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Google Chrome will fix your hacked passwords with one tap

The AI-powered feature arrives first on Chrome for Android in the US, the online giant says at its Google I/O developers conference.

Chrome is automating password updates if it finds one of yours has been hacked.
Stephen Shankland/CNET

Google Chrome is getting a new ability to fix your hacked password fast. It's standard for web browsers to warn you when your password is found on a list of hacked passwords, but now Google's browser also will be able to fix it with a  tap of a button.

When Google spots a vulnerable password, Google Assistant will offer a "change password" button, Google announced at its Google I/O developers conference on Tuesday. It will arrive in Chrome on Android in the United States but will spread to other browsers and regions later. It only works on Twitter and a "small number" of other sites initially, and you need to enable Chrome password sync.

The password change feature relies on Google's Duplex technology, an AI-powered service that fills out forms and takes other automated actions on the web.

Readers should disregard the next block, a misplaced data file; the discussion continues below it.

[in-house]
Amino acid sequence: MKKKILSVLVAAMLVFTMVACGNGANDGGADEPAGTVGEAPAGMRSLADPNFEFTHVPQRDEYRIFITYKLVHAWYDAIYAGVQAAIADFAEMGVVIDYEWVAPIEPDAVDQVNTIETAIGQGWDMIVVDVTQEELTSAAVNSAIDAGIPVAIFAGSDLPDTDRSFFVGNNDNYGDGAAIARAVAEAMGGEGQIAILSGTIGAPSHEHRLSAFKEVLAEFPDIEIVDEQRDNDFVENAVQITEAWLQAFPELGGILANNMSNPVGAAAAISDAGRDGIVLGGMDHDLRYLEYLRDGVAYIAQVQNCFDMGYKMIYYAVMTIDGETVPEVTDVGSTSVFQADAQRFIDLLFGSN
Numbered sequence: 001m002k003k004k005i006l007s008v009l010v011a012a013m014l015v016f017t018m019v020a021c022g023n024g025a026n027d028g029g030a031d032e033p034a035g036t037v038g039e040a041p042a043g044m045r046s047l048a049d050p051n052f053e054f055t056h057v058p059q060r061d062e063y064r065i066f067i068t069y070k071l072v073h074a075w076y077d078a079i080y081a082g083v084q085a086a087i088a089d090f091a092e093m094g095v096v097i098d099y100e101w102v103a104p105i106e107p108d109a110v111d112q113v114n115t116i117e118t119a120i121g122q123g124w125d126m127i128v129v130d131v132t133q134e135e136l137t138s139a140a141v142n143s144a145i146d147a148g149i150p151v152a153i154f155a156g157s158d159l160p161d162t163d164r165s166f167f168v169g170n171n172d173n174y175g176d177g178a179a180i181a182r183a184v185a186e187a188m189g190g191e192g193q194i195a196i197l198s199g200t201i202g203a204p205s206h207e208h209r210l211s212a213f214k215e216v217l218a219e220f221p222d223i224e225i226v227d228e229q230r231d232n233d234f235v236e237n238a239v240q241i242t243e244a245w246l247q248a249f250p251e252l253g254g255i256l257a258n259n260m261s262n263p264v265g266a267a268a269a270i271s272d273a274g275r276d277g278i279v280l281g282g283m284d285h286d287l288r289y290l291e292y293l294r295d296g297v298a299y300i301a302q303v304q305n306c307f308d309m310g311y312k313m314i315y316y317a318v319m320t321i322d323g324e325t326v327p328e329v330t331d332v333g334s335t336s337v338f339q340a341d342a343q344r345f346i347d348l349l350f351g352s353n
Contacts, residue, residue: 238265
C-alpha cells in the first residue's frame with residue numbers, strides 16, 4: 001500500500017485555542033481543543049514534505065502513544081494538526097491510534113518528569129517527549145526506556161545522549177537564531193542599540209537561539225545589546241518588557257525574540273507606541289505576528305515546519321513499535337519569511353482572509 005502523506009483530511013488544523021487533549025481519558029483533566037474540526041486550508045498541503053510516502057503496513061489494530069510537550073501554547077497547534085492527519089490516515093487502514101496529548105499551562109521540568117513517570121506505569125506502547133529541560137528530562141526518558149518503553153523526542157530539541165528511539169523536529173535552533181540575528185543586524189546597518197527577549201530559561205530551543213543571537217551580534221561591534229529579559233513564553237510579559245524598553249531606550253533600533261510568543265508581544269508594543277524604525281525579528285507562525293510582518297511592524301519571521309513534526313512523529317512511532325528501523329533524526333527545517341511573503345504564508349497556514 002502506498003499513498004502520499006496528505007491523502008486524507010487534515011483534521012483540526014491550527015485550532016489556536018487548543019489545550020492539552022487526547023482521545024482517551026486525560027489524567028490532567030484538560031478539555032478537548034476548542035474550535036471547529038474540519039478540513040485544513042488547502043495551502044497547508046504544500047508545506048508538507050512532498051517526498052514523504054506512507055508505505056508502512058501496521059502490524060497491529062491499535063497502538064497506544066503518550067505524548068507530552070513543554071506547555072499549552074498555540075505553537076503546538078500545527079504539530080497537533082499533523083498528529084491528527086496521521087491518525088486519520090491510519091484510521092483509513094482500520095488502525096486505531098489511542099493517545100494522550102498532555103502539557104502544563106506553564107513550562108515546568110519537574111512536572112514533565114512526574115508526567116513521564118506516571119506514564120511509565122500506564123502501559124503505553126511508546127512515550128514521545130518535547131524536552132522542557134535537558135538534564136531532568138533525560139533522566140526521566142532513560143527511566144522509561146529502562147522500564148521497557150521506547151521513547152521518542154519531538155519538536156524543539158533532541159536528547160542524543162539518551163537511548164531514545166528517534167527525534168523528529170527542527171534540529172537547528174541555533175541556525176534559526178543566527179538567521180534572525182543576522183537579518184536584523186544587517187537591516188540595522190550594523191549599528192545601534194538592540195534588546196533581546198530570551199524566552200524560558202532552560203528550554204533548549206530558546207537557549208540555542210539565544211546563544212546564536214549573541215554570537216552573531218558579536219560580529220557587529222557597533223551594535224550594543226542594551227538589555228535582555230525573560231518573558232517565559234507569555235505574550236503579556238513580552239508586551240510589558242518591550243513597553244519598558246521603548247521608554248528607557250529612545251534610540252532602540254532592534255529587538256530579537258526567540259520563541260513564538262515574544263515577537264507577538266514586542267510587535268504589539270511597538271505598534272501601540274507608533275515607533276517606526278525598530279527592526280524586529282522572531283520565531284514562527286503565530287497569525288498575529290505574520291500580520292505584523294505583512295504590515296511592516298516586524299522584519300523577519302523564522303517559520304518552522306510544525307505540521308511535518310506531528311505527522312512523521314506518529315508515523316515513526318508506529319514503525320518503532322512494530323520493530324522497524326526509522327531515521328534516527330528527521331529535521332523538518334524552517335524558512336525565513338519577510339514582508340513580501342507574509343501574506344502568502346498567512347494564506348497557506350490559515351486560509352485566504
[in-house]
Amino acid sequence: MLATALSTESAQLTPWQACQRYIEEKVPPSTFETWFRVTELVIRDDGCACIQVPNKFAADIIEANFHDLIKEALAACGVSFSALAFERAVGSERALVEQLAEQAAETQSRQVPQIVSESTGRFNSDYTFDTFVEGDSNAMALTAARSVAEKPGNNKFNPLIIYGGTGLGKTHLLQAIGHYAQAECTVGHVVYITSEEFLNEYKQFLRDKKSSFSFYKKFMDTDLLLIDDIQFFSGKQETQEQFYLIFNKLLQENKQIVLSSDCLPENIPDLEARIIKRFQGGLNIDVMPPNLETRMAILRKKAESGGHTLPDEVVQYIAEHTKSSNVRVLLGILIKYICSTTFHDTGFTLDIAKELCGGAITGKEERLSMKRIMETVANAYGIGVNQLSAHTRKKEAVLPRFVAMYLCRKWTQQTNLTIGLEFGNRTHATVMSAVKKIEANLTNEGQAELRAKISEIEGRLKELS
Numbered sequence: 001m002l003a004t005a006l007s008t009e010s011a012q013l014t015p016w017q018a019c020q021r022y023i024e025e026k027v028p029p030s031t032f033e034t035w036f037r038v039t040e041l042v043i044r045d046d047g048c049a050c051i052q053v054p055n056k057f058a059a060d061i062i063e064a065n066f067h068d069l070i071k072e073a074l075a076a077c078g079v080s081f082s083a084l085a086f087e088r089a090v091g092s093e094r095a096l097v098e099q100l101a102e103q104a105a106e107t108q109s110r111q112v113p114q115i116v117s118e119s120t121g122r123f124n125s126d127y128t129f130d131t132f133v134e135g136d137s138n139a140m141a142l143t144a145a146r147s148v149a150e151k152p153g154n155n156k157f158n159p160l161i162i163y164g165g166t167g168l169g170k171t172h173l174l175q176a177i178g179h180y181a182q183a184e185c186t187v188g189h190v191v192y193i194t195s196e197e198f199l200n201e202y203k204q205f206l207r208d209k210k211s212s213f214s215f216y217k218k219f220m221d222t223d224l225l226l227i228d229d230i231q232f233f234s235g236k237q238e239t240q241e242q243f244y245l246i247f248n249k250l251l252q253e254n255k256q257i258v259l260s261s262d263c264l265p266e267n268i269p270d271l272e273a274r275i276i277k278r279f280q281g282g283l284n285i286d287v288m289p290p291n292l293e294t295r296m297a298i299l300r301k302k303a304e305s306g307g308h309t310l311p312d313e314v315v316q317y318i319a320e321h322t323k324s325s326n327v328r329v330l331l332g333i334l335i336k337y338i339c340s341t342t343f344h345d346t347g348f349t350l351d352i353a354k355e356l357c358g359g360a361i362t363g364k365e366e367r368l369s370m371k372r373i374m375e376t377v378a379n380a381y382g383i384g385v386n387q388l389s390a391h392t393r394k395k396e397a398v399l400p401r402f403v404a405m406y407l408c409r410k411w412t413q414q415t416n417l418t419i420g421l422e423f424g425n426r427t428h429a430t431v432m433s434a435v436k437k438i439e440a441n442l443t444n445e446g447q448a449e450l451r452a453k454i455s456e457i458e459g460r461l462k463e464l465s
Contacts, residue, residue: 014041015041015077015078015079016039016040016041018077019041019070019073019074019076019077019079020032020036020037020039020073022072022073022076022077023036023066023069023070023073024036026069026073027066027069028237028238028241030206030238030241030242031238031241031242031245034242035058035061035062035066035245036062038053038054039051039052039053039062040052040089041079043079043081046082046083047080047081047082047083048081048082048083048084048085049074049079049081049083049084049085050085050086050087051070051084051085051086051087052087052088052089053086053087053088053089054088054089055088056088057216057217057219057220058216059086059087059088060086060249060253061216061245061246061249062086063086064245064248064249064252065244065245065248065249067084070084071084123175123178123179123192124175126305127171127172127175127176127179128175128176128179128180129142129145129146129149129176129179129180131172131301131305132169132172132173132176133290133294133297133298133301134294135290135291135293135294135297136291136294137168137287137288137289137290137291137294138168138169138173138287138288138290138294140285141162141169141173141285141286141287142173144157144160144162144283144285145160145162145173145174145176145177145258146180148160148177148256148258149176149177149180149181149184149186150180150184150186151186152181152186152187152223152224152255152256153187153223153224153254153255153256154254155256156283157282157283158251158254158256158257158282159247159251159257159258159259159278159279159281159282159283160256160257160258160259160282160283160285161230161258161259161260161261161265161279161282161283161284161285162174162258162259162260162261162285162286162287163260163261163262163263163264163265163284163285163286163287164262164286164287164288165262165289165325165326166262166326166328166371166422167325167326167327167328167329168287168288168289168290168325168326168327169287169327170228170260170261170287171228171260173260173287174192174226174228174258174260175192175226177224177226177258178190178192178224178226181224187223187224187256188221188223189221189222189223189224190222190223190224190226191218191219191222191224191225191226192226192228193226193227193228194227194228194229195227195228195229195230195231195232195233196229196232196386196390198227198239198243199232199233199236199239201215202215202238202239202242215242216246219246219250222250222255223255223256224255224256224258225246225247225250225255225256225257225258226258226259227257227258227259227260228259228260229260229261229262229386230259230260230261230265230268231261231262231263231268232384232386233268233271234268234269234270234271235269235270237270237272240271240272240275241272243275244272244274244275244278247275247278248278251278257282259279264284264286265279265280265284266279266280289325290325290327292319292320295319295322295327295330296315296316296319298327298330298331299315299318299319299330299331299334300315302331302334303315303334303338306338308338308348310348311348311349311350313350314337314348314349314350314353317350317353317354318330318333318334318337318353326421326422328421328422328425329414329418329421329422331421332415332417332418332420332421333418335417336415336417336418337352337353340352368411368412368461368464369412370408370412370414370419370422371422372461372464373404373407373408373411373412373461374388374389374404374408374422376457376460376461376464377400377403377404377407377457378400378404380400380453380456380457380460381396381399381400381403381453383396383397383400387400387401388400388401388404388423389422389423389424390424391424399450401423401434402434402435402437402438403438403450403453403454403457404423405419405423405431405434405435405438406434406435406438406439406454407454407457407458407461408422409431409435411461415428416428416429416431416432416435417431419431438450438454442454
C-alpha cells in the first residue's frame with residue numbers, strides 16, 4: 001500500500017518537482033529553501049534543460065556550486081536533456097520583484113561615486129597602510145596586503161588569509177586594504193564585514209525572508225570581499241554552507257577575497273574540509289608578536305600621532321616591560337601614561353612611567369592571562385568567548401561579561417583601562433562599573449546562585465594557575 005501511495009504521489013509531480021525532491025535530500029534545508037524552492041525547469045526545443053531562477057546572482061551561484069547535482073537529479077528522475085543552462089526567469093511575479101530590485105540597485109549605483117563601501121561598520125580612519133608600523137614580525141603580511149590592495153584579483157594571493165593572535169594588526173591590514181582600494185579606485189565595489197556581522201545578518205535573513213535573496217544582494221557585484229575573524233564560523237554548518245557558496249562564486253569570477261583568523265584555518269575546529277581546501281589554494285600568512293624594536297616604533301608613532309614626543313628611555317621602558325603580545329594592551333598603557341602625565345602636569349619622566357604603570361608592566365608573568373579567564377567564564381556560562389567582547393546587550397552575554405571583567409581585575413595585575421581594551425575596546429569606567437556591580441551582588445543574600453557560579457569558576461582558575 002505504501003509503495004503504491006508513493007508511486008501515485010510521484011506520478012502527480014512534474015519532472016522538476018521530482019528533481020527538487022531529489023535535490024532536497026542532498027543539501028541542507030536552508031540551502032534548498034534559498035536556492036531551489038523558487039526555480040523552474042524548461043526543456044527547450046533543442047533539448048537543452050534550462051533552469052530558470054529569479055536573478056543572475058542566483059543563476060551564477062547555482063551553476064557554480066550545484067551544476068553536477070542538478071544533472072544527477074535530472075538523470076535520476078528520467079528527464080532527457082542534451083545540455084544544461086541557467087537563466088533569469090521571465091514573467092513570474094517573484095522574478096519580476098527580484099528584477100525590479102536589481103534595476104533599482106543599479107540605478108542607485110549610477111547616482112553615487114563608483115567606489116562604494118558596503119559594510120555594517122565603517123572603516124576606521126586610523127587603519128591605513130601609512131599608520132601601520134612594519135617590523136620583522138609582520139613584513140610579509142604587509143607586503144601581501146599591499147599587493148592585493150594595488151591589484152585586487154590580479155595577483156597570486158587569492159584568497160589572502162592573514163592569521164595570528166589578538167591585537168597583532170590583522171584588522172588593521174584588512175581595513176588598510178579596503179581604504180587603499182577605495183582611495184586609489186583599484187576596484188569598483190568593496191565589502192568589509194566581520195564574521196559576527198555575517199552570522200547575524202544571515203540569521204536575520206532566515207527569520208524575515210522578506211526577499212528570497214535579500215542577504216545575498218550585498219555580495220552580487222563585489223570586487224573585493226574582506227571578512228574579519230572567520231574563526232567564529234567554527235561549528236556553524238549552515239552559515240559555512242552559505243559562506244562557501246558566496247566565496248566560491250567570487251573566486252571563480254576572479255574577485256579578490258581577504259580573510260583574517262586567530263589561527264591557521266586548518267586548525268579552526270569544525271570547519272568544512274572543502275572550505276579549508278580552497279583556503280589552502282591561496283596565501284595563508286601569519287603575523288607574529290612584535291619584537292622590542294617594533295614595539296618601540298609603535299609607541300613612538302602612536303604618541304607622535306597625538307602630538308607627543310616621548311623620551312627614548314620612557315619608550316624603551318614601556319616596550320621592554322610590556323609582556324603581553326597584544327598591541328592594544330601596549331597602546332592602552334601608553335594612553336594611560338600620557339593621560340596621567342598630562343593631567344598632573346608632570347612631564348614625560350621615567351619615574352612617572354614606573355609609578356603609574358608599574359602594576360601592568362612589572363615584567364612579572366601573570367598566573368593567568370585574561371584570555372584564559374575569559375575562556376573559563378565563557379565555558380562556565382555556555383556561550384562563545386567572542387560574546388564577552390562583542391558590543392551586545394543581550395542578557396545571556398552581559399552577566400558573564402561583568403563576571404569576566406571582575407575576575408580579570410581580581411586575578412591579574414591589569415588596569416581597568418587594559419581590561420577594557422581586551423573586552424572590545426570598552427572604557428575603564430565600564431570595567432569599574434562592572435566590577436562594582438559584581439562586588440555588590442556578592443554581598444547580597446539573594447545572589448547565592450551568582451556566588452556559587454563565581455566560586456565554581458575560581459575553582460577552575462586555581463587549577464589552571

The feature reflects the growing importance of password managers. We're bad at creating hard-to-crack passwords and even worse at remembering them, but password managers handle the grunt work. They're built into operating systems and browsers, but many people use standalone password managers that work across different browsers.

Website developers aren't required to change their sites to take advantage of the feature, Google said in a statement. "We'll be in touch with developers as we continue to expand the feature."

Ultimately, Google hopes to banish passwords altogether.

"The single most common security vulnerability today is still bad passwords," said Jen Fitzpatrick, a Google senior vice president, at Google I/O. "Ultimately, we're on a mission to create a password-free future. ... We want to free everyone from password pain."